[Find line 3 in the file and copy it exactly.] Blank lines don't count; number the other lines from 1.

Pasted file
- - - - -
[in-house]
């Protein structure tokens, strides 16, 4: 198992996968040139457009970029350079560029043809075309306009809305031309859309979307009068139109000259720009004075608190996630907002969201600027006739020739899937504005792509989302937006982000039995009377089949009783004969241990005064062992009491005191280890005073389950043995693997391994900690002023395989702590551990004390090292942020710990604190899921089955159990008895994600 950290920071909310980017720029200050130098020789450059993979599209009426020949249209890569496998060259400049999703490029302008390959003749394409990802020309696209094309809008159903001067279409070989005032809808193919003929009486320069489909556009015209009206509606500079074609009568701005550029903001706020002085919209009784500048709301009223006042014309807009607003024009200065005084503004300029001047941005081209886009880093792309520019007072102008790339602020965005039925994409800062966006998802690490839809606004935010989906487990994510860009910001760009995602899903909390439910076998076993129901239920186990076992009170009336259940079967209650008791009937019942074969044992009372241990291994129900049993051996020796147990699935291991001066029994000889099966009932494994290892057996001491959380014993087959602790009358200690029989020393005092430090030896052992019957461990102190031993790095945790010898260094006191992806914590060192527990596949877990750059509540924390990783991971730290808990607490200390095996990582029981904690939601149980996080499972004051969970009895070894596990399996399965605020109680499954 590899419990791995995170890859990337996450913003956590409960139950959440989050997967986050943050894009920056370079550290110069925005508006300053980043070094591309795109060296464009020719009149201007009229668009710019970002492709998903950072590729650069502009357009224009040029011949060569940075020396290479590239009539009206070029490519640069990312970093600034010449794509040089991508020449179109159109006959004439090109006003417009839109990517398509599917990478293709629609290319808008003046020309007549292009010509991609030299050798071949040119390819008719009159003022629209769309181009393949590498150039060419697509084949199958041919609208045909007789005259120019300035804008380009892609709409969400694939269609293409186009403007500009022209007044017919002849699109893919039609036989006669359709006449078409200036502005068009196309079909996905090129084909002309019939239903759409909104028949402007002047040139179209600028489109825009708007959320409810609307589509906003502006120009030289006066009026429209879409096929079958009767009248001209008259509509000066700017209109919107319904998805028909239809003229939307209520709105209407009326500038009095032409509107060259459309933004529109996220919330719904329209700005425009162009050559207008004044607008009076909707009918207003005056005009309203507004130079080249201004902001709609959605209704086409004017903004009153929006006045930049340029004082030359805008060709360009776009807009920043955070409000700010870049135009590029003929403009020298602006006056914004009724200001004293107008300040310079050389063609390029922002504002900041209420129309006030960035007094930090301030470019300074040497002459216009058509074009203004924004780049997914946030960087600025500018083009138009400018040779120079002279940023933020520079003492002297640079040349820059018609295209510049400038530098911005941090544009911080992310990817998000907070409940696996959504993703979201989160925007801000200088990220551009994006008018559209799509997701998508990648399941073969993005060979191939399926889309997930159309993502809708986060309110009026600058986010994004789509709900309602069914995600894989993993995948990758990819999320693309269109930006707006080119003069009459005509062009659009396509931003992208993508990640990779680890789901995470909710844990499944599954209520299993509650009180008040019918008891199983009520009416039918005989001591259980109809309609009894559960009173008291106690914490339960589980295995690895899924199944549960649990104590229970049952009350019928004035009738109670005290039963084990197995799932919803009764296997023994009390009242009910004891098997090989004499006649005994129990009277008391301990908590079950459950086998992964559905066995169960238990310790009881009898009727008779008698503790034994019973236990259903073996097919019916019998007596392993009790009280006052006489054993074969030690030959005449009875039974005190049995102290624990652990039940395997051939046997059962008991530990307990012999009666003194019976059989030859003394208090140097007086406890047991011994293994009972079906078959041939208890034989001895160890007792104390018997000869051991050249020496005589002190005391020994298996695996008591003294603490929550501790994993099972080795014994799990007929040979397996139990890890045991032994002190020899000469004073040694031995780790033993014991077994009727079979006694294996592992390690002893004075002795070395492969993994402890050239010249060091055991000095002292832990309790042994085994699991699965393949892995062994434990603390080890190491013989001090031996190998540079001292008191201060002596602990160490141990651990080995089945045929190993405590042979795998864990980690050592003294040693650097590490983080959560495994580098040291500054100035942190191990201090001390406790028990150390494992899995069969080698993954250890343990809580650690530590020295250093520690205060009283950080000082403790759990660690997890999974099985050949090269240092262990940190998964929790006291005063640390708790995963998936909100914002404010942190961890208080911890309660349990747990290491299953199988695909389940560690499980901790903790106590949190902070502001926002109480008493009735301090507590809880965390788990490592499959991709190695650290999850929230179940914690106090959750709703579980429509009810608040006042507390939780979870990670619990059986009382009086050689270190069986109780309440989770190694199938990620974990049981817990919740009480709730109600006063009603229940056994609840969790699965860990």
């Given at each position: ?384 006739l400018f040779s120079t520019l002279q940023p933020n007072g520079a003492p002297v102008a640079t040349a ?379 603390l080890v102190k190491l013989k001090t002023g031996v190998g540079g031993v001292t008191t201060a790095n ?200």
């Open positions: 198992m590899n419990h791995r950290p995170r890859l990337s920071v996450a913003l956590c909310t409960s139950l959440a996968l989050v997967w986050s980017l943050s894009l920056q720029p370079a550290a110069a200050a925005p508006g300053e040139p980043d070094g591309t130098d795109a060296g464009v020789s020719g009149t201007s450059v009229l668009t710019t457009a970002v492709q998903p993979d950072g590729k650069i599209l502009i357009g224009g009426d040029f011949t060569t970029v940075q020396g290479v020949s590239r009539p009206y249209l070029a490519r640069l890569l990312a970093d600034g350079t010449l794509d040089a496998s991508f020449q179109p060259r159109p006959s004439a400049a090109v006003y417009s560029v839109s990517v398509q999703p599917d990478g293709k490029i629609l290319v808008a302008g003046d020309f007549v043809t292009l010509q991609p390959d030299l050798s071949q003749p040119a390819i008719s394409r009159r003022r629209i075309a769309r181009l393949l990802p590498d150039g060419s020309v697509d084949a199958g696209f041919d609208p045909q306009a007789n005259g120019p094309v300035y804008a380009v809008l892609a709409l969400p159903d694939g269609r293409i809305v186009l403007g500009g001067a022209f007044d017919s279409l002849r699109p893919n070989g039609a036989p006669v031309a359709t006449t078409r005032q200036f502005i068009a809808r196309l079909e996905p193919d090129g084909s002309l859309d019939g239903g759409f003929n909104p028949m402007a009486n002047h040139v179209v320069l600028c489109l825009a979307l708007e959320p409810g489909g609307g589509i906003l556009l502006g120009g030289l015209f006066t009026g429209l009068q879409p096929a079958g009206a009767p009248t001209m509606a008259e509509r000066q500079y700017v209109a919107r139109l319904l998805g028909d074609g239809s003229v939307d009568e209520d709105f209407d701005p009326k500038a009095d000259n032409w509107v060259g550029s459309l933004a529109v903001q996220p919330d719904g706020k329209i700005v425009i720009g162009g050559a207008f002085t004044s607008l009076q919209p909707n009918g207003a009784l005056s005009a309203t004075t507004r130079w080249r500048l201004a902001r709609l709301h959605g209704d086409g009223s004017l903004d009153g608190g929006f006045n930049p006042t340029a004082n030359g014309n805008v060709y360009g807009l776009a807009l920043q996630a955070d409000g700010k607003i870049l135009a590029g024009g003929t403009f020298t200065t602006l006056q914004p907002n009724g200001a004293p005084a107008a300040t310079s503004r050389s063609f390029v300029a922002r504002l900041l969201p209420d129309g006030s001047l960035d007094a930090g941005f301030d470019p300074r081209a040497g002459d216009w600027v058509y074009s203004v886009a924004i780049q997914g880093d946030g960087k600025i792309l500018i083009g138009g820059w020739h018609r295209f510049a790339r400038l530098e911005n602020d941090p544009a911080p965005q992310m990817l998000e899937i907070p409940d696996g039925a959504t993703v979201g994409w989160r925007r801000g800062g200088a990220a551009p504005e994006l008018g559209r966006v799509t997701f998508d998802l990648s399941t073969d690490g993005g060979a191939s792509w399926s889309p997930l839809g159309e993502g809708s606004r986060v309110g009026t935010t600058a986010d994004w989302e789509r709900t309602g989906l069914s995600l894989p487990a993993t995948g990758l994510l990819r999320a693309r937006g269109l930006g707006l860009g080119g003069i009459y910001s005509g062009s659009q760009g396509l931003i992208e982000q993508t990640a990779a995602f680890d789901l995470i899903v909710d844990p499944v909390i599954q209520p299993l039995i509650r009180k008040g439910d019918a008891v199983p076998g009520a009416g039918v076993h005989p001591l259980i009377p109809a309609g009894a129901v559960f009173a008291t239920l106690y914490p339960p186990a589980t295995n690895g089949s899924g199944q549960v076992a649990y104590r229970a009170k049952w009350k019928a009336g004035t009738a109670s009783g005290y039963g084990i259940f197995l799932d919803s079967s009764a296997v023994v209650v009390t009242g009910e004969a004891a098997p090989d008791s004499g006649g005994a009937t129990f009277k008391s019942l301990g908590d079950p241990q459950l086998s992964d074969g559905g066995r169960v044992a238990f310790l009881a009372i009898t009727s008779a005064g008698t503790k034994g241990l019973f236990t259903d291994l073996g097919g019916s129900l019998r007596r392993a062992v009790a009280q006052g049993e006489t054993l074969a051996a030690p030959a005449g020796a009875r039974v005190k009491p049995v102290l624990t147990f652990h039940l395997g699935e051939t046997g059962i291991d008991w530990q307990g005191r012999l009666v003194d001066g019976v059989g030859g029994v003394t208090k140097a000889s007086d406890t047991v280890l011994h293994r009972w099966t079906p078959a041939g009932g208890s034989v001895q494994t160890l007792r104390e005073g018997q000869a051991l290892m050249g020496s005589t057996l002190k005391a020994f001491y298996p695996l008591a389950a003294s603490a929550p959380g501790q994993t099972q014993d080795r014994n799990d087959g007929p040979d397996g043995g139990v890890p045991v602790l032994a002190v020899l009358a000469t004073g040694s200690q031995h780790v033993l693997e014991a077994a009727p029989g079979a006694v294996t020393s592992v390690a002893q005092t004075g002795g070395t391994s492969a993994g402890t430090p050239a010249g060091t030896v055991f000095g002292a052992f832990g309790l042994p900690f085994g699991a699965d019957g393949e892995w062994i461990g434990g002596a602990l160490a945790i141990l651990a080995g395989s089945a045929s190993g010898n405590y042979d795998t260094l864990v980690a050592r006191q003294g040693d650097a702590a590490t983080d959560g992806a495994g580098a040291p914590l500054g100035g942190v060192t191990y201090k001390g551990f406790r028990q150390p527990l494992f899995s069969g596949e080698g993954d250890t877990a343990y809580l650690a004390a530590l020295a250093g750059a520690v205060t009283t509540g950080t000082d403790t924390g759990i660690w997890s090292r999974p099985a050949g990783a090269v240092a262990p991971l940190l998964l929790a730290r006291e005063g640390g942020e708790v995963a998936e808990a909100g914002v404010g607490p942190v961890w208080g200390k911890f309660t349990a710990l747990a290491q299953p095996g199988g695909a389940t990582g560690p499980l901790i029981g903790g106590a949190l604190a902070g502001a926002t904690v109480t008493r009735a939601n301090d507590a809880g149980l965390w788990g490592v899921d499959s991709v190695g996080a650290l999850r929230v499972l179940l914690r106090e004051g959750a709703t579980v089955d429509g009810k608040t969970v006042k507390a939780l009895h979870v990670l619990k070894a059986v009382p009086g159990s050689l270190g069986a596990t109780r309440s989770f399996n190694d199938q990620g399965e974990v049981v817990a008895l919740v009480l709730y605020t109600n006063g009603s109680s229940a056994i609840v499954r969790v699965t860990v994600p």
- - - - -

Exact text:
């Given at each position: ?384 006739l400018f040779s120079t520019l002279q940023p933020n007072g520079a003492p002297v102008a640079t040349a ?379 603390l080890v102190k190491l013989k001090t002023g031996v190998g540079g031993v001292t008191t201060a790095n ?200």